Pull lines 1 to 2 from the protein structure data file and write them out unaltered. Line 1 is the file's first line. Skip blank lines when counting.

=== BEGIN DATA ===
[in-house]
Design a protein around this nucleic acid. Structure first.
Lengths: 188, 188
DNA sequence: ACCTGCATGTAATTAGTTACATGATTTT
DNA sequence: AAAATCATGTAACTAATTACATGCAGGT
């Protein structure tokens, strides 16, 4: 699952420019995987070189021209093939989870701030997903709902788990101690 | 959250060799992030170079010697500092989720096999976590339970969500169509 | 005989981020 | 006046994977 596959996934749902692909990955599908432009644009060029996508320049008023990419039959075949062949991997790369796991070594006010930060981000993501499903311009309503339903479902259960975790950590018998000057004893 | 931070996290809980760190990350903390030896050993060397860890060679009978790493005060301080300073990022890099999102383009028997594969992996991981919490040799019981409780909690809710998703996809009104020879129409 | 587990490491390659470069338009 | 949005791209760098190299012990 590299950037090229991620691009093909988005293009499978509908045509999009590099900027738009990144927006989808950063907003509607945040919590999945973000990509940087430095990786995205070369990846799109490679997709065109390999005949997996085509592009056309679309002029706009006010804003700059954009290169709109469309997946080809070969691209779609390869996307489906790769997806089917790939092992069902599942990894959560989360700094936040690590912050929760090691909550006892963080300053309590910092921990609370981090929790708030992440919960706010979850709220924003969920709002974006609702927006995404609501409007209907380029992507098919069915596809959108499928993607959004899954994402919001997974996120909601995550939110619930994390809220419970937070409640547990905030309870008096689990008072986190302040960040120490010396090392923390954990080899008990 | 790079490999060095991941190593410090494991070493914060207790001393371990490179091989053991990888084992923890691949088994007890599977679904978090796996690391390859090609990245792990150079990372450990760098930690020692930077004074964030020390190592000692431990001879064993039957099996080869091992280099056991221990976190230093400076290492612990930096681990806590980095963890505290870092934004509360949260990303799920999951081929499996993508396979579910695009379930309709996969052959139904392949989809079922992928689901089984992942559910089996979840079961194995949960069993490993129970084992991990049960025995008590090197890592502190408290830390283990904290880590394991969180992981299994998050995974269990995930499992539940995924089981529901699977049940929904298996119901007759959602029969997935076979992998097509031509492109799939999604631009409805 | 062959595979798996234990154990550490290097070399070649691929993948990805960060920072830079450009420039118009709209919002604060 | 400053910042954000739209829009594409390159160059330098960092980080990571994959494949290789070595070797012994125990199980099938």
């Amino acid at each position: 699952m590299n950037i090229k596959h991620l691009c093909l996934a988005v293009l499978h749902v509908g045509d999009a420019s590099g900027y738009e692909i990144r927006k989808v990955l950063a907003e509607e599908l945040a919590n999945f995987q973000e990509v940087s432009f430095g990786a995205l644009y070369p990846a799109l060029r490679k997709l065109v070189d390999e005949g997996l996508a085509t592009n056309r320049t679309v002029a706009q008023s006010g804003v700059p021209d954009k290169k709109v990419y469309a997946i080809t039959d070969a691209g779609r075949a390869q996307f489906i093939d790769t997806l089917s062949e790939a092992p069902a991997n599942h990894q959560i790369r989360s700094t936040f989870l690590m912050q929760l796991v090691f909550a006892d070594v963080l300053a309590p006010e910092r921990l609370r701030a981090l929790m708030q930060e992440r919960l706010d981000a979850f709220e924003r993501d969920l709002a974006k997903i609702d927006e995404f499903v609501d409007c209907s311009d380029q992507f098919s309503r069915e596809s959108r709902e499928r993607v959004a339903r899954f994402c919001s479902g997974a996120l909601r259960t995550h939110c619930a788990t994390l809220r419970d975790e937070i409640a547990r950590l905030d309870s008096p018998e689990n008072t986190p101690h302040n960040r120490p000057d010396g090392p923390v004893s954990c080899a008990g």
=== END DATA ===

[in-house]
Design a protein around this nucleic acid. Structure first.